THE chain of events on the economic front attests to how globalised the world is. As the Russia/Ukraine war ensues, everybody is feeling the pinch. It does not matter whether you are rich or poor.
April 22, 2022
3 min read
Swallowing a bitter pill of globalisation
- Lesotho fighting for survival owing to rapid increases in the prices of fuel and food
- Both declining economic growth and inflation are eating away at our dose of sanity
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In fact, the rich are the most losers particularly those around Vladimir Putin and the others whose investments are intertwined with Russia and Ukraine’s economies.
It was only a matter of time before the International Monetary Fund (IMF) and other leading finance institutions revised the economic growth and inflation figures.
Thousands of kilometres away from the war, Lesotho is fighting for survival owing to rapid increases in the prices of fuel and food.
By the time the IMF somersaulted on its earlier predictions, thousands of Basotho were already pacing through a subdued economic activity.
As poor as we are, both declining economic growth and inflation are eating away at our dose of sanity. It doesn’t matter whether we do not have the timely figures but news about economic developments is so rife that you don’t need a local expert to verify the information.
If it’s not interest rates, it’s tighter regulation to control the financial markets right in our backyard.
The war in Ukraine has certainly cost Lesotho and the world its happiness. The damage suffered and the lives lost are shared by us all.
It seems no amount of multilateral action is swift enough to quell the tension as aid and ammunition trickle in to save the situation.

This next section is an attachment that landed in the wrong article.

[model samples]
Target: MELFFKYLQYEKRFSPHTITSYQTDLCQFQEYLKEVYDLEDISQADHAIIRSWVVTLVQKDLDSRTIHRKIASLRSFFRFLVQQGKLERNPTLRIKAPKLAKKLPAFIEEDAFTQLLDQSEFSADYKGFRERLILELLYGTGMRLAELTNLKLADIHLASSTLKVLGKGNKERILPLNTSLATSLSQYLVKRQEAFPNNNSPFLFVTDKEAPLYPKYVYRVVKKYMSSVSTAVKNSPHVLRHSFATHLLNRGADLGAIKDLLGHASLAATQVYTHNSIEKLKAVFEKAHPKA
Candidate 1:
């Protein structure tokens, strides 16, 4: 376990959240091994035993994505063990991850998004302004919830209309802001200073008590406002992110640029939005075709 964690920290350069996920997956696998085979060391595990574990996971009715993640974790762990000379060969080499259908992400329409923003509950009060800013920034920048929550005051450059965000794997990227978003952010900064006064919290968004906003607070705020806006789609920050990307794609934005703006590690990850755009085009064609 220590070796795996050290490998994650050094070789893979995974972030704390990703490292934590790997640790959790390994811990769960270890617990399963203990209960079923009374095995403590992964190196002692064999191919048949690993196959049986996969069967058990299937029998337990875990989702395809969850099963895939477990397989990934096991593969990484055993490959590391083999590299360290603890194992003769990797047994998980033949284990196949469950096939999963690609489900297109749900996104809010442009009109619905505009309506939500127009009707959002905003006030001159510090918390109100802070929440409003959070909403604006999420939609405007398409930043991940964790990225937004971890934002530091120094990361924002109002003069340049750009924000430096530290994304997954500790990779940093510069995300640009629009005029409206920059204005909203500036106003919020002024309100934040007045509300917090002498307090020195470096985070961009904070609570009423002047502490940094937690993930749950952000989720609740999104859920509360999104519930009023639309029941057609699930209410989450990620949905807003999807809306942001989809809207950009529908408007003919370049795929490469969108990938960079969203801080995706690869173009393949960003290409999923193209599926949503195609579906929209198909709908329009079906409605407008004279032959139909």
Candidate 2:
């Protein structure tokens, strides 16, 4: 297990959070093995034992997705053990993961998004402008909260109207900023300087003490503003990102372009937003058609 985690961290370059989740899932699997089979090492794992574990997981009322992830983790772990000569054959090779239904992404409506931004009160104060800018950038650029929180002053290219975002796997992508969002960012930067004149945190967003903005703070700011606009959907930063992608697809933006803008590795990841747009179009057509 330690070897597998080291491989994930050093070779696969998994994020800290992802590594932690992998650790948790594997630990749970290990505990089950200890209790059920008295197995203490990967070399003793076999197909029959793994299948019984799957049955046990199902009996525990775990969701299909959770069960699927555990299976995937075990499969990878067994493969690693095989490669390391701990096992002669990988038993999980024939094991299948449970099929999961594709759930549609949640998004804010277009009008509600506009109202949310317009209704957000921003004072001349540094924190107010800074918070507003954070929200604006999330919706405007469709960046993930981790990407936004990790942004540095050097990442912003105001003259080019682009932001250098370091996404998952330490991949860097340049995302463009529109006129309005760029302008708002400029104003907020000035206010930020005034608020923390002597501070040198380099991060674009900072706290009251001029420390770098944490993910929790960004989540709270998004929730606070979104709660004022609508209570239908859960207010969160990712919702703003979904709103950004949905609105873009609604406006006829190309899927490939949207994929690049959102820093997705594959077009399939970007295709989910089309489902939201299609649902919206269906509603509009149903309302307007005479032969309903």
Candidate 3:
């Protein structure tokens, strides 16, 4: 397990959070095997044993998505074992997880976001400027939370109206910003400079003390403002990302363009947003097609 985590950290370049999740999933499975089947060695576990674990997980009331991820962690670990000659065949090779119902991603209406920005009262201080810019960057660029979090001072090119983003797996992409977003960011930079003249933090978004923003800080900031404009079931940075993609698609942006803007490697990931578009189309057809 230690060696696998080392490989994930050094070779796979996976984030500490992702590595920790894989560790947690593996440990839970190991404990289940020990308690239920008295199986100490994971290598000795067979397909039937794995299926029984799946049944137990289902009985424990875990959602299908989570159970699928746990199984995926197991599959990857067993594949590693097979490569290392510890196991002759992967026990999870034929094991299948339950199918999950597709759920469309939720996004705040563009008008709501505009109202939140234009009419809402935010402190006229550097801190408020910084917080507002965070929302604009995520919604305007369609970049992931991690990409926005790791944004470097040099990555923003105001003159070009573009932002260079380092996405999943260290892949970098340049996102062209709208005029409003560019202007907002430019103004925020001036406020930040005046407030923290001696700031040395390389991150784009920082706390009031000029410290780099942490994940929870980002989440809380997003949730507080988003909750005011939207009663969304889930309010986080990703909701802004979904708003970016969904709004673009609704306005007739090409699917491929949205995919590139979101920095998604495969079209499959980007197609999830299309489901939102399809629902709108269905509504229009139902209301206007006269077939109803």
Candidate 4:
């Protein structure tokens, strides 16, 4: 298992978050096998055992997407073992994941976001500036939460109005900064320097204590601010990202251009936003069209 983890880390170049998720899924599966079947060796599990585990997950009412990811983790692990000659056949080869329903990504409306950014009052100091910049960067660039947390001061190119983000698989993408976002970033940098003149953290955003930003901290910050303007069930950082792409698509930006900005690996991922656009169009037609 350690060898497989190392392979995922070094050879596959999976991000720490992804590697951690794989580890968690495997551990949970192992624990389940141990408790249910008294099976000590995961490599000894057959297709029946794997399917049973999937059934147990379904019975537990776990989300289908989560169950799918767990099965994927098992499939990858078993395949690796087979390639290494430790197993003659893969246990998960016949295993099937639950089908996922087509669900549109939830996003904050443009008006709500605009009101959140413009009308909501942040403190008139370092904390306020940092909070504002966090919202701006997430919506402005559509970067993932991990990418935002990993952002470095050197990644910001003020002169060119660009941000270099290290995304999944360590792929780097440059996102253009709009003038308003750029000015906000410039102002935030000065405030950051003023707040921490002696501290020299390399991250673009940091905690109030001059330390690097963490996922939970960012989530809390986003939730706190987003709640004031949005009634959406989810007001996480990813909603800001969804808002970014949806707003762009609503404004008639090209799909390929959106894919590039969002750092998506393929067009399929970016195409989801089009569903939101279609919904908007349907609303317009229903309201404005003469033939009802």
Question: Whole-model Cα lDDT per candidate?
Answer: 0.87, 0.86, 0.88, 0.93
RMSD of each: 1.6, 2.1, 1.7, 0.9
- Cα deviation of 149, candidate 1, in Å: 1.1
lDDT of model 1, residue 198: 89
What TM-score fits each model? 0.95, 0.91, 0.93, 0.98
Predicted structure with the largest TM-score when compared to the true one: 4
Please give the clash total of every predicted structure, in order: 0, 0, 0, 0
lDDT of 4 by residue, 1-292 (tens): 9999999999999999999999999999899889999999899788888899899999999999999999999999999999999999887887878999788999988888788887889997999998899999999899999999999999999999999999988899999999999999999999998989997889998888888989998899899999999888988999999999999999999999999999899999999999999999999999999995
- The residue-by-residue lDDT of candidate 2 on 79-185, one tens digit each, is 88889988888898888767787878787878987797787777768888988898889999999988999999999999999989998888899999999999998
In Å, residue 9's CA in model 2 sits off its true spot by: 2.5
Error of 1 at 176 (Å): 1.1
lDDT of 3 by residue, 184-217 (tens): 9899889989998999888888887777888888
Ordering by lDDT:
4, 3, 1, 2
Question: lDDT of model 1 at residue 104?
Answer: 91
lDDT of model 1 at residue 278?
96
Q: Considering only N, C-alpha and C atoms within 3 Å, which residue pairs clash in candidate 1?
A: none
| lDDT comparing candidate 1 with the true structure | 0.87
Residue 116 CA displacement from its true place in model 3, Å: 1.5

Everybody is stressed trying to tackle their personal life or deal directly with the war. It’s like swallowing a bitter pill of globalisation.
Oil and food make up the bigger budget of household budgets in the small economies such as Lesotho and there’s no end in sight of the ever increasing prices as a result of the war.
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Endless job losses in the textile and garment factories are only testimony to permanent damage caused by the war.
Not so long ago, the COVID-19 pandemic had fractured our economies so much that the way of conducting business was unlike any other we had seen before.
Suddenly, we were forced to take social distancing and masking crash courses as we pulled our lives through the new norm.
We tested for the Covid and were injected with jabs to boost our immune systems still living with the hope and fear that things would change for the better. As we turned the corner from the loss of our loved ones, the war broke out and left us in shame and the world economy was soon in tatters.
For as long as we live in a globalised world, we know Lesotho shall never be the same as challenges confronting the world are our challenges.
The integrated global banking and supply chains shall forever remain part of our country’s DNA. Production milestones or disruptions in our country and elsewhere can affect the region, continent and the world as a whole.
Yet, we know their loss is our loss.